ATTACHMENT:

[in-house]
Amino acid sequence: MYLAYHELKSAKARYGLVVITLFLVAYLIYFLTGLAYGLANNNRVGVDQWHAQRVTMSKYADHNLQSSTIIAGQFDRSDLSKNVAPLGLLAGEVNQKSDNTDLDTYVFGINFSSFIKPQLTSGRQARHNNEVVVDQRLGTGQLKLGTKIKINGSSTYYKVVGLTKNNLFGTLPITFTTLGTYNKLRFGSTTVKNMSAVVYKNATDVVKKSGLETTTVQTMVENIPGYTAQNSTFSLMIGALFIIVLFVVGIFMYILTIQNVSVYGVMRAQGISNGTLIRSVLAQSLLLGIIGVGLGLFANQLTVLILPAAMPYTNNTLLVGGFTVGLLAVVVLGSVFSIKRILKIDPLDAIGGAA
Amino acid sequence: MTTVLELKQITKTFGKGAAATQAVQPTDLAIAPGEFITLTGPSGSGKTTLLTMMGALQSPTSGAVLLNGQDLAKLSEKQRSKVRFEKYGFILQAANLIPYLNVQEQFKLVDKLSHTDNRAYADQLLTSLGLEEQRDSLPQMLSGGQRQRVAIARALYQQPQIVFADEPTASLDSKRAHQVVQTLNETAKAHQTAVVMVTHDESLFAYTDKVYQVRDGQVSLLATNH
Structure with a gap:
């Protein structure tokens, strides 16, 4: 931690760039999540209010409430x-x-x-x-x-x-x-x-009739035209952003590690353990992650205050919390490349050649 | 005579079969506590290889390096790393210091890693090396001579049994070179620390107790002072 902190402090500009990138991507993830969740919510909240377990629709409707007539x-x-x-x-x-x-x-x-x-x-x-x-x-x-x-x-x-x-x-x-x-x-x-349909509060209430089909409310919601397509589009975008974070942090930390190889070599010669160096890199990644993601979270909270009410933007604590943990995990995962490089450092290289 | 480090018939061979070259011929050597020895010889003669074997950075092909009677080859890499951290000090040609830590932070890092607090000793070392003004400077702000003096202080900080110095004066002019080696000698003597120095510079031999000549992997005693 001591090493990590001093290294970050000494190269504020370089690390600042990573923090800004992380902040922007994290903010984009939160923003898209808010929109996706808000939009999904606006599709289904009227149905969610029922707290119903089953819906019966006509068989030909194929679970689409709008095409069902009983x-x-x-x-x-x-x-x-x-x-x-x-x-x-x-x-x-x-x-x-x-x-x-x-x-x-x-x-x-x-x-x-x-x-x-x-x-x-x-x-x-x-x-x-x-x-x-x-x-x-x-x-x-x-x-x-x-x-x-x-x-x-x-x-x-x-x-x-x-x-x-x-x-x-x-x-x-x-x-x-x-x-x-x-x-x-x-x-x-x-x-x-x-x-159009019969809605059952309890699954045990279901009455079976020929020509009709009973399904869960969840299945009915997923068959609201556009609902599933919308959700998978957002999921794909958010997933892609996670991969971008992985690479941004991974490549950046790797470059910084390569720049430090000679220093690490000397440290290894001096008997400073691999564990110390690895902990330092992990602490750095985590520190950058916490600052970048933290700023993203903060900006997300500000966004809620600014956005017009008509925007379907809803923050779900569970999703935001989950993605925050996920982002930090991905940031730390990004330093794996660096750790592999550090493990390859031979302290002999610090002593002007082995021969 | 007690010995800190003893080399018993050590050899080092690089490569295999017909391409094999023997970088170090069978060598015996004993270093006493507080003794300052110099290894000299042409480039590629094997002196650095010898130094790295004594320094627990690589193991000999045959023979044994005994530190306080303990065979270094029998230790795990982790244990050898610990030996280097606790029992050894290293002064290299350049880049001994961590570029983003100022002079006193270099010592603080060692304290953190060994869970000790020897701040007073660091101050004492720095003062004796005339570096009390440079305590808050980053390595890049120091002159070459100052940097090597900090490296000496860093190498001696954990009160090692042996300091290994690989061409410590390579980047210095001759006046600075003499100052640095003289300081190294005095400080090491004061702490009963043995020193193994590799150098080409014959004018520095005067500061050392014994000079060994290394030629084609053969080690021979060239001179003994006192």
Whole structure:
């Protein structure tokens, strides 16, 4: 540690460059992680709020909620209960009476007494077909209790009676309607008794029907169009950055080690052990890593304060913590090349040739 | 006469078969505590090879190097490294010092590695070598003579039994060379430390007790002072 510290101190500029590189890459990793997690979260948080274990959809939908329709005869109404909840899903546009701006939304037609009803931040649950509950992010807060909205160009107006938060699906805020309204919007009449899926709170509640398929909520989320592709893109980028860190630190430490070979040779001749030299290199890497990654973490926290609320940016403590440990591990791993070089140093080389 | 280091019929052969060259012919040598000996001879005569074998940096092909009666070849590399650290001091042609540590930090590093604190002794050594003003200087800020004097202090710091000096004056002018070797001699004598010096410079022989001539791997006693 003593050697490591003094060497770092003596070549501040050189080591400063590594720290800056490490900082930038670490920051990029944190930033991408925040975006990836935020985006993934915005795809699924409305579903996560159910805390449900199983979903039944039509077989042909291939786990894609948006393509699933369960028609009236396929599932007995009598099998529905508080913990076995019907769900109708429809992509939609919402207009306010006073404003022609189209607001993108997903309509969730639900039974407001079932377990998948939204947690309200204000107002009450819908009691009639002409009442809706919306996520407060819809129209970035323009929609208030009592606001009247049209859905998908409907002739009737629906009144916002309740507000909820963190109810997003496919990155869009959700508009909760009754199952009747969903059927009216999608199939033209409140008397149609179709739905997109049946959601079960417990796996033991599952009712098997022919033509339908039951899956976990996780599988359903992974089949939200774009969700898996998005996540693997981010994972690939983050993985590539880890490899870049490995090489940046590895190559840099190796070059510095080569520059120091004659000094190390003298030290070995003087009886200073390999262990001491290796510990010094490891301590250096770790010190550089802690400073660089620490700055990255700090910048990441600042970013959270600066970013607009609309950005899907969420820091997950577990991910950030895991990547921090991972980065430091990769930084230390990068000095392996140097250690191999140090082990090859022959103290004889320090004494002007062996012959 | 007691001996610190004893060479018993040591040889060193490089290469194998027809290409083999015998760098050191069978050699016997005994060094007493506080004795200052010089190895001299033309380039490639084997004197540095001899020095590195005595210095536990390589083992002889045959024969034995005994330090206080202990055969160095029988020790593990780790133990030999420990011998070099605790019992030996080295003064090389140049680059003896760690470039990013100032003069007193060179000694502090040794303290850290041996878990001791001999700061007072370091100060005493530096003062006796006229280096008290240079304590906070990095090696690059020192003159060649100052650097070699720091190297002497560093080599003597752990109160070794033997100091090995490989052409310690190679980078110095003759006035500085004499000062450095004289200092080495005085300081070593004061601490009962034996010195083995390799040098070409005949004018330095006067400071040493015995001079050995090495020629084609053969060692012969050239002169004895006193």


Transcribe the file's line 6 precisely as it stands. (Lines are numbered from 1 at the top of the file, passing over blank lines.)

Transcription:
Whole structure: